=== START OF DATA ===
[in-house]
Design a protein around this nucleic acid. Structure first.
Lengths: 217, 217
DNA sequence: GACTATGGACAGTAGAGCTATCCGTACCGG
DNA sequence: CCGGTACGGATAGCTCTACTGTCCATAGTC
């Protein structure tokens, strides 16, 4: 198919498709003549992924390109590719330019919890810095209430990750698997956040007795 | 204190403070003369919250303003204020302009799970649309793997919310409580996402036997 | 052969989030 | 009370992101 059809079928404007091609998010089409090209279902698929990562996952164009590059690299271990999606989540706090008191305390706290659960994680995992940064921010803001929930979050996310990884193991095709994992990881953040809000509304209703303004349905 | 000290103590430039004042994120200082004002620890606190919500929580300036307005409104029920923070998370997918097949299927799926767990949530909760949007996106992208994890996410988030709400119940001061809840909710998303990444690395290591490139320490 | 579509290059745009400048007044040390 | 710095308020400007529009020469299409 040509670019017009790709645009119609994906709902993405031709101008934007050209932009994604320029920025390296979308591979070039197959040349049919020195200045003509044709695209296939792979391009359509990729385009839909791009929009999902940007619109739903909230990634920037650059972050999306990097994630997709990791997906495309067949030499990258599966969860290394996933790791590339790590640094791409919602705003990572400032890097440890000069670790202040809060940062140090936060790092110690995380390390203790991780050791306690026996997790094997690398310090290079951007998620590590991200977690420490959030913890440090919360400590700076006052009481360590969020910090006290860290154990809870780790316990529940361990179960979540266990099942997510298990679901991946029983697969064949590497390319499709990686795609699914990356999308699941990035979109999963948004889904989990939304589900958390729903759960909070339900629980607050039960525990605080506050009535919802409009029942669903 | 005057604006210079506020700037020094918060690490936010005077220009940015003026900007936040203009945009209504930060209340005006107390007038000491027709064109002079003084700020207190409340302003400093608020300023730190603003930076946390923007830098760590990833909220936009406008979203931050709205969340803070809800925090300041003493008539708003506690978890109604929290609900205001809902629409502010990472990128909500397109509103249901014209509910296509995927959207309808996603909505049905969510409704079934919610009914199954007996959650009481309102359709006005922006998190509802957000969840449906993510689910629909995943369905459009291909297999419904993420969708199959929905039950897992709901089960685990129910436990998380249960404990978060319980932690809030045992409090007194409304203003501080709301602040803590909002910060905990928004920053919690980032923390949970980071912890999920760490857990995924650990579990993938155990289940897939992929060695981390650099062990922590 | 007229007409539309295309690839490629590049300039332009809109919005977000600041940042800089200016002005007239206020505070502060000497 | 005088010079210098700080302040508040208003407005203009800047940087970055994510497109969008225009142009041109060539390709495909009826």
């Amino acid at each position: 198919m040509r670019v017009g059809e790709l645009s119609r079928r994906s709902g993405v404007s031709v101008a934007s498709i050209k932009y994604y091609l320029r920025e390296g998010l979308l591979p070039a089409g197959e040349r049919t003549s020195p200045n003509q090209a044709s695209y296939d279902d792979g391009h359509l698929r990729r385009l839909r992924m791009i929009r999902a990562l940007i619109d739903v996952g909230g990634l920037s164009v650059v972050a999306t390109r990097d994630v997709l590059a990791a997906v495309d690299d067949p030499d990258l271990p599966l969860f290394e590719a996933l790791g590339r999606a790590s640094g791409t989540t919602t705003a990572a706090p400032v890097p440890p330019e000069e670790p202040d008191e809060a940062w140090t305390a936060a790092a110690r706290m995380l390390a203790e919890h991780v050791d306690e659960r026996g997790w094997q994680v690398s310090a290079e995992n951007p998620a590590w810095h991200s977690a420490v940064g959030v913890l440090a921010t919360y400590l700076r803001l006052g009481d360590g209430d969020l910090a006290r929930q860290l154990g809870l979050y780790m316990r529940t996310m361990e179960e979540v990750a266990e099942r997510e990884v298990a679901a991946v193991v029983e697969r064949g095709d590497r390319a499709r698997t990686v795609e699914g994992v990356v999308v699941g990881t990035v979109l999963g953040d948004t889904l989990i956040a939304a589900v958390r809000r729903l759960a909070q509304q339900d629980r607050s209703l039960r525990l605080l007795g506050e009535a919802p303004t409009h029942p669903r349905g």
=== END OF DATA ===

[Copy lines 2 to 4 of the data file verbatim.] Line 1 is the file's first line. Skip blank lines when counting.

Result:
Design a protein around this nucleic acid. Structure first.
Lengths: 217, 217
DNA sequence: GACTATGGACAGTAGAGCTATCCGTACCGG